James Saft is a Reuters columnist. The opinions expressed are his own.
HUNTSVILLE, Ala. – Right about now, even the most committed capitalist investor ought to be hoping for one thing: that labor soon has the upper hand.
That’s because the whole edifice: the global economy, the consumption-based developed economies and the share prices they power are crumbling because average workers simply haven’t got enough earning and buying power to play their central role.
Wages in the U.S., for example, have been stagnant for the best part of 40 years, during which time the consumption merry-go-round has only been kept spinning through a combination of artificially high asset prices and spending borrowed money.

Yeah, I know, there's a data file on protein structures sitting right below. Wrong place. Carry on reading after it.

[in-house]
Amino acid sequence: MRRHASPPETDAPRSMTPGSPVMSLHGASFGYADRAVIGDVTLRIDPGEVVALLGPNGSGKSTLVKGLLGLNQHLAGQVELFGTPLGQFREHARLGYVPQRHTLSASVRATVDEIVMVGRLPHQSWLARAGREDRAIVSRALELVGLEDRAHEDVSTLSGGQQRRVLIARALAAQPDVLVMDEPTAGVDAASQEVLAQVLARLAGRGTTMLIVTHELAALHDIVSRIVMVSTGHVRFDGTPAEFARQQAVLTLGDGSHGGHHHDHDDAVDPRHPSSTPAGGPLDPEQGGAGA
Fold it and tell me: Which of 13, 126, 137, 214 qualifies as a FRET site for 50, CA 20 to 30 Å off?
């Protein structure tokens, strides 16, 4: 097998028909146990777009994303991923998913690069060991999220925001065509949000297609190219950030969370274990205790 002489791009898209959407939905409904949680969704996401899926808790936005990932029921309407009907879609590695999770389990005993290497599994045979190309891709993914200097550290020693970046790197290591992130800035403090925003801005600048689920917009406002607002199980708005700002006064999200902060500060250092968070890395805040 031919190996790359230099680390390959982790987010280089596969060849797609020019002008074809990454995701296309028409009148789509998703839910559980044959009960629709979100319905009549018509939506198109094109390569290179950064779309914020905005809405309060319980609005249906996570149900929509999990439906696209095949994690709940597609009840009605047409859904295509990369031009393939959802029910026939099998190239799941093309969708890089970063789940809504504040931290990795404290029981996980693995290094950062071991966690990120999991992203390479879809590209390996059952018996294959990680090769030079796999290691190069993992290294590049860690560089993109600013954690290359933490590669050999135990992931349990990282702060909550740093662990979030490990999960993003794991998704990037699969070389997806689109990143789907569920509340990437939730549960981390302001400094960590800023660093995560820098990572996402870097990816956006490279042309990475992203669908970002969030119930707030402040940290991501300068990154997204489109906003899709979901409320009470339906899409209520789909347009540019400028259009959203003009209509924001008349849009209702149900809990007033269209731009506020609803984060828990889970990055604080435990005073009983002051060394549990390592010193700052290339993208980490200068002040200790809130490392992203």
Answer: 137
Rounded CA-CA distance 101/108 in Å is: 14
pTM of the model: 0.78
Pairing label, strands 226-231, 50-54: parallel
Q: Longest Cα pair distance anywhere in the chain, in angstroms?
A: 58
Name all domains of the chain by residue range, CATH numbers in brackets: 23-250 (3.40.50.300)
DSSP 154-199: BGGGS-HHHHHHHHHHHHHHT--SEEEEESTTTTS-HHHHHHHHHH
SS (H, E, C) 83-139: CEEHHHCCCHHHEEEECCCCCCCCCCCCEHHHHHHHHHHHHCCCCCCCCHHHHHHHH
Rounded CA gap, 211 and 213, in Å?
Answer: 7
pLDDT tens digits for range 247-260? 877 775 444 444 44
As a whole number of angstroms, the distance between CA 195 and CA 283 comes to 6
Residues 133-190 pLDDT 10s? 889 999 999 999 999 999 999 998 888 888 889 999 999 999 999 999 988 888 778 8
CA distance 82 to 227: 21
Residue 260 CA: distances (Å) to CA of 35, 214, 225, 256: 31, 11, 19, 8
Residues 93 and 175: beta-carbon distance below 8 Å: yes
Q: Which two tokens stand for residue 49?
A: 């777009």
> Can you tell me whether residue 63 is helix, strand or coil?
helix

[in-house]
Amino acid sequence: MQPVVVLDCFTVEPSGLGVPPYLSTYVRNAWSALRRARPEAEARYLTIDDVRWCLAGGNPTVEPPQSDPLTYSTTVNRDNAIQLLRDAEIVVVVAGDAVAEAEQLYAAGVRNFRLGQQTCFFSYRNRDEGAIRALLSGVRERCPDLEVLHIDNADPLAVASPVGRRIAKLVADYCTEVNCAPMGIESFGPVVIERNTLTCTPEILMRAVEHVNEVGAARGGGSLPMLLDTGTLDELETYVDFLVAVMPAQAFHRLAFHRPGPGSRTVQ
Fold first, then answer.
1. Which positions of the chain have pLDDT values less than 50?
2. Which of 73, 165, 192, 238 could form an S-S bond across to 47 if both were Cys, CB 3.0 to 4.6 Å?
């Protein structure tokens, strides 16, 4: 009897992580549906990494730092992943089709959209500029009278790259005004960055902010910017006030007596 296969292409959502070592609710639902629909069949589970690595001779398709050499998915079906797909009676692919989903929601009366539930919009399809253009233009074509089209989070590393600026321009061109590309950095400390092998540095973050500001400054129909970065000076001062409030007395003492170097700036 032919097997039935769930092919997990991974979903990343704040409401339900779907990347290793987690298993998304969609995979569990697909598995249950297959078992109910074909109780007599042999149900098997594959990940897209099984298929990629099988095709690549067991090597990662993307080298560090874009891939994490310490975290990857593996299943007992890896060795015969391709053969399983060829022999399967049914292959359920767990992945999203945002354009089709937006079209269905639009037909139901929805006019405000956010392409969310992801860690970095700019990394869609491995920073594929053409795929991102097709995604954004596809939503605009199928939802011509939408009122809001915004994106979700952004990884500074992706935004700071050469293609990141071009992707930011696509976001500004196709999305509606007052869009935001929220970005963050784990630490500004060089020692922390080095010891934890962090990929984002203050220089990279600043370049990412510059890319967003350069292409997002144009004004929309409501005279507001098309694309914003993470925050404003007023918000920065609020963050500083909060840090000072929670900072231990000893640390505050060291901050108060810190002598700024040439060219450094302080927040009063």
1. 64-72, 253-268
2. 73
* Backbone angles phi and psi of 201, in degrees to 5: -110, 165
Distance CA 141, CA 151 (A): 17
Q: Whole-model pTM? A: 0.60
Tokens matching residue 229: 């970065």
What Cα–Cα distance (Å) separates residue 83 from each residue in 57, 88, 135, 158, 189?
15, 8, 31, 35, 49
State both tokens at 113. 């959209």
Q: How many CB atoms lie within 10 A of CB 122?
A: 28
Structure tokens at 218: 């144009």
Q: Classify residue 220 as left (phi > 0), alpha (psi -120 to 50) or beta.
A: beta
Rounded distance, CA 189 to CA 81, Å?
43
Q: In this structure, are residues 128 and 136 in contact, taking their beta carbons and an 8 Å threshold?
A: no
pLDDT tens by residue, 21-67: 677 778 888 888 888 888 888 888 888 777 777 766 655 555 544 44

Consumer incomes actually fell in August for the first time in almost two years, according to new data, and consumer spending only eked out a modest gain due to a sharp fall in the savings rate. Given that people are living longer and have stressed balance sheets, dis-saving is a tactic that will only work for so long.
This state of affairs has allowed corporate profits, as a share of the economy, to hit their highest point in the second quarter since records began in 1947, and on track to hit an annual high since at least 1929. Even the stock market no longer sees that as evidence of rude health, as shown by the steady, grinding decline in prices relative to earnings.